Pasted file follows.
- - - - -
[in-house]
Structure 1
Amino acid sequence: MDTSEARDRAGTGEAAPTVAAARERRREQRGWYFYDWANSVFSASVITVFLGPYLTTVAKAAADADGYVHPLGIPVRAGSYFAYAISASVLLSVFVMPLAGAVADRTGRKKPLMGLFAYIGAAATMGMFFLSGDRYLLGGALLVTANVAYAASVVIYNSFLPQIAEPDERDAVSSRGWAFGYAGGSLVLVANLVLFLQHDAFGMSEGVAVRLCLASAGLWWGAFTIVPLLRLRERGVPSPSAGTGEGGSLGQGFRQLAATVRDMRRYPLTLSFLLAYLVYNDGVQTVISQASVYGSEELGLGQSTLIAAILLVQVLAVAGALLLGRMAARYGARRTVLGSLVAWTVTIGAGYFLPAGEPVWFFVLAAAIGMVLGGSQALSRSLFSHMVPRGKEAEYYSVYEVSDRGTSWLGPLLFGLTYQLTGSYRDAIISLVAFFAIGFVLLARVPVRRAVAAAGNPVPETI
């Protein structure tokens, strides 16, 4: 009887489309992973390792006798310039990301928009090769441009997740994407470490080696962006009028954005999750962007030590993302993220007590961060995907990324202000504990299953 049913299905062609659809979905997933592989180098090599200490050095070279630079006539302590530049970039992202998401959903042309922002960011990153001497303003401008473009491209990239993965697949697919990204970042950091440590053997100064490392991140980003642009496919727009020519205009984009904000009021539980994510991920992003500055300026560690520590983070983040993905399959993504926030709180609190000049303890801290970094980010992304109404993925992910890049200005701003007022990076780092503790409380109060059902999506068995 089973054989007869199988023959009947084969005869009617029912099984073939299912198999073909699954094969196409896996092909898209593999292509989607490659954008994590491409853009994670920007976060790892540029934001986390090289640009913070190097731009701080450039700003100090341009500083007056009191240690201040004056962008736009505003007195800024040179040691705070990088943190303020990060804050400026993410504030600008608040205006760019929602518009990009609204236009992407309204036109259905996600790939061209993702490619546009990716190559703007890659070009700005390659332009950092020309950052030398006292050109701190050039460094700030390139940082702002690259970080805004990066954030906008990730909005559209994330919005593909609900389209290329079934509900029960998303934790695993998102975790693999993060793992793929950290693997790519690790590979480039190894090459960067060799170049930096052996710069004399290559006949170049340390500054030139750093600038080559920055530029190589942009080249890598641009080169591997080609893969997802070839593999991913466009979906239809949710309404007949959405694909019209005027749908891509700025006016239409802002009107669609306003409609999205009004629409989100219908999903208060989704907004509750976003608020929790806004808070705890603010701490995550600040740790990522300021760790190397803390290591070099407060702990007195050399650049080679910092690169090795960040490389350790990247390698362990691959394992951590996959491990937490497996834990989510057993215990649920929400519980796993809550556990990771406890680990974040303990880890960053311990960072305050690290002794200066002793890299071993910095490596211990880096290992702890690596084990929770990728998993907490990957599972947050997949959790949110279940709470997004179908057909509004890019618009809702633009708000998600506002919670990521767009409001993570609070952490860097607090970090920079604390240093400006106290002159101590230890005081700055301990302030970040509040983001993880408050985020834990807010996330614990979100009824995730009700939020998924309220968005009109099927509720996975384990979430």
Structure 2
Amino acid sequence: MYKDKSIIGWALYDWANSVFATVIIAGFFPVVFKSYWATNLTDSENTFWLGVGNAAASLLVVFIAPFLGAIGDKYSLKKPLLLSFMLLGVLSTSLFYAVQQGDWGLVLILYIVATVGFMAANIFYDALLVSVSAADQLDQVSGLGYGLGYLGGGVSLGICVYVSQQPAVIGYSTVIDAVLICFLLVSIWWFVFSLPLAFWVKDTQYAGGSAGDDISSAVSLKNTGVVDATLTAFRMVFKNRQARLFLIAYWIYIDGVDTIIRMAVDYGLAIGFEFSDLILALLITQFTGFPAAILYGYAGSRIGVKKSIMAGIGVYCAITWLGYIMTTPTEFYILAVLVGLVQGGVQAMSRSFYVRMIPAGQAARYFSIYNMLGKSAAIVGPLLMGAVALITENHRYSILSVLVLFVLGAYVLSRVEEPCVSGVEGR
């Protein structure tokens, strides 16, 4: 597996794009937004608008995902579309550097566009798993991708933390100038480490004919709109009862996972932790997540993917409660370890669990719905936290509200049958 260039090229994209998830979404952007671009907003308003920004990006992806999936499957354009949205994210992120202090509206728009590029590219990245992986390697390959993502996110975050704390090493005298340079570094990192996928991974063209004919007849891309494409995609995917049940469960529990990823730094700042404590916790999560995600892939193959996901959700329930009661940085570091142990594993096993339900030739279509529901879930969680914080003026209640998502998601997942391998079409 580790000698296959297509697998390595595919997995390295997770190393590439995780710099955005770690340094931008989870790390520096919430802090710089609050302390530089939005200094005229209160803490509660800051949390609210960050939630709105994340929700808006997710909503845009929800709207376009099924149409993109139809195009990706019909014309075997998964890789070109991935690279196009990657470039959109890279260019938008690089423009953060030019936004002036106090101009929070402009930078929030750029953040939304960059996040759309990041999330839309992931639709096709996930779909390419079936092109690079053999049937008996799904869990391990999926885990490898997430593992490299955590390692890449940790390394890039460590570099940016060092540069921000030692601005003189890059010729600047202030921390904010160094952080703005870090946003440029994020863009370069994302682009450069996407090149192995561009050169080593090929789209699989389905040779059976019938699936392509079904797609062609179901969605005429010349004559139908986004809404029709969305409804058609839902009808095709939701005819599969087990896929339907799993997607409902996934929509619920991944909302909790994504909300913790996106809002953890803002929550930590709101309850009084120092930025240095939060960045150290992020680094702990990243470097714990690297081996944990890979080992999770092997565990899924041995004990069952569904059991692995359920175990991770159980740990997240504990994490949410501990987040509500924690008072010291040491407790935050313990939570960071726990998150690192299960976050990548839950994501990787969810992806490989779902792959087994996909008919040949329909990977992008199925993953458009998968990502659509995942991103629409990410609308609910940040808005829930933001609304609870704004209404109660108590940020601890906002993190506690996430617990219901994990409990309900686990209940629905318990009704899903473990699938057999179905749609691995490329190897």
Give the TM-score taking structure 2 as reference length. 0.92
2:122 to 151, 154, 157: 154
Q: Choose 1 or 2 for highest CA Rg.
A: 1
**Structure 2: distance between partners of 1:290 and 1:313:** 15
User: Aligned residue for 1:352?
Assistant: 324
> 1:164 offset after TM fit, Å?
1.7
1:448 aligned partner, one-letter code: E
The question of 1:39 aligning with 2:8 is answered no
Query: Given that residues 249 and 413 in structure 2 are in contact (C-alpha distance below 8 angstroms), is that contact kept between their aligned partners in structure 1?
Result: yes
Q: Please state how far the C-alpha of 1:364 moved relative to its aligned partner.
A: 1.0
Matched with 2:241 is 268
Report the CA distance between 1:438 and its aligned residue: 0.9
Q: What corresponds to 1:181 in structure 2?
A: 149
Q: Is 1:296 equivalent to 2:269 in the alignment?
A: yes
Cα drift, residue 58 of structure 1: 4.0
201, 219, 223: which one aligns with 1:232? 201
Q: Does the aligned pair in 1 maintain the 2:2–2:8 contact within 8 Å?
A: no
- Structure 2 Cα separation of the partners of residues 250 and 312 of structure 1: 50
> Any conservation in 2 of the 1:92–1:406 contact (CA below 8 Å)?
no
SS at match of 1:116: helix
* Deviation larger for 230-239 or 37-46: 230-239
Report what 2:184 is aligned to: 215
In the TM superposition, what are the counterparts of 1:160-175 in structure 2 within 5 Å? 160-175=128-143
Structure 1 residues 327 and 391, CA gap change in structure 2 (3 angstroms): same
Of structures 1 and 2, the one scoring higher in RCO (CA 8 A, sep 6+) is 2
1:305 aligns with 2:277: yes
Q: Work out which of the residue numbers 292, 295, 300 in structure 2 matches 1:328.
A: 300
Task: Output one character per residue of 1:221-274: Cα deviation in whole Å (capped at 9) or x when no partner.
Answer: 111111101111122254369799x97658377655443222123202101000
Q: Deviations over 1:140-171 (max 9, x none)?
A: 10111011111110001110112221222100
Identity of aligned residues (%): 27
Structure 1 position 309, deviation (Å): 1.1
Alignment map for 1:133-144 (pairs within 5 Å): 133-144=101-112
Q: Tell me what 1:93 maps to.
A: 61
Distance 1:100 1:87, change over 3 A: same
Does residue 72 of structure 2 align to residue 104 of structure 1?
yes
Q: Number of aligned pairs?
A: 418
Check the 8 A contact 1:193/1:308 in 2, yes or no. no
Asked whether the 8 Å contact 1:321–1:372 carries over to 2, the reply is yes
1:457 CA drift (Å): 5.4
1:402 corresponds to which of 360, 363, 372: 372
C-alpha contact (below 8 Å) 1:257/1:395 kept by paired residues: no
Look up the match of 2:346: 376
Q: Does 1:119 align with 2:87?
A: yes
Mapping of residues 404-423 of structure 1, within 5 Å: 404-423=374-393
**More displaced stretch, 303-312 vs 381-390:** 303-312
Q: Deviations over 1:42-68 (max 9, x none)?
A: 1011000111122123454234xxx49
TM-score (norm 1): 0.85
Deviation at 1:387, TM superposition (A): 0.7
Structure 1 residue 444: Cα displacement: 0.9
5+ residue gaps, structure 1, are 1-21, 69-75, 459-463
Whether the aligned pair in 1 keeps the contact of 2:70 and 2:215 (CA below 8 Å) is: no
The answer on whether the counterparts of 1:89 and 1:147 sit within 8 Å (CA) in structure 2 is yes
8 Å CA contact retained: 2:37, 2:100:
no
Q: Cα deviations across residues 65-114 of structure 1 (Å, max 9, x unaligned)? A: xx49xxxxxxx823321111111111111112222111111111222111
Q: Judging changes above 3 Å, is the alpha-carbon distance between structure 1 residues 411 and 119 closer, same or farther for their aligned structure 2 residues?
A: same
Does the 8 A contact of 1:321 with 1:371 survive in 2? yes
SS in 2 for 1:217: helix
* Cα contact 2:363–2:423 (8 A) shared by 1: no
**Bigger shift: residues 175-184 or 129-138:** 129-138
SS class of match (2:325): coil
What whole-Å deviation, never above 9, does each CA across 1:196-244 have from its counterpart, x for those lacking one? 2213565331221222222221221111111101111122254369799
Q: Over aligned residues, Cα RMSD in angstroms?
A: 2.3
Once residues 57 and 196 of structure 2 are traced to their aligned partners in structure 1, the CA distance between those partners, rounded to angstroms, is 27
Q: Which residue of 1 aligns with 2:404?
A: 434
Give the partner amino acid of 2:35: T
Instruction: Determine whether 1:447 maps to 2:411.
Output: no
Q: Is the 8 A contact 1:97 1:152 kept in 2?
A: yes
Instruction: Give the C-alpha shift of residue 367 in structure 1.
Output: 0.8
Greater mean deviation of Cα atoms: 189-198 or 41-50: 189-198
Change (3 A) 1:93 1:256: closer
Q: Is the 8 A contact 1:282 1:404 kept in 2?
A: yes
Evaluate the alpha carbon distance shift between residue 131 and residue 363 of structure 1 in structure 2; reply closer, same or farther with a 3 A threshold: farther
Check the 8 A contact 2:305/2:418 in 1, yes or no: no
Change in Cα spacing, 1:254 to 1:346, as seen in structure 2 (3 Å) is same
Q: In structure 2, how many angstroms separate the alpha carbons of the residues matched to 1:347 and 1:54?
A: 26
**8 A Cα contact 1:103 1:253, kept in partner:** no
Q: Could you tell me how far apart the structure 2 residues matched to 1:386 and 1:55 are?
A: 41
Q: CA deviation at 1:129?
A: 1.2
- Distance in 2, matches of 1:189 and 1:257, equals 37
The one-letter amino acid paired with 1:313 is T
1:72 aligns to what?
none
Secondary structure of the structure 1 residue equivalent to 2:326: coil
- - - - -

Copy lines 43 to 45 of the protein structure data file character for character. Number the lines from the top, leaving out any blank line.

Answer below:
Q: Work out which of the residue numbers 292, 295, 300 in structure 2 matches 1:328.
A: 300
Task: Output one character per residue of 1:221-274: Cα deviation in whole Å (capped at 9) or x when no partner.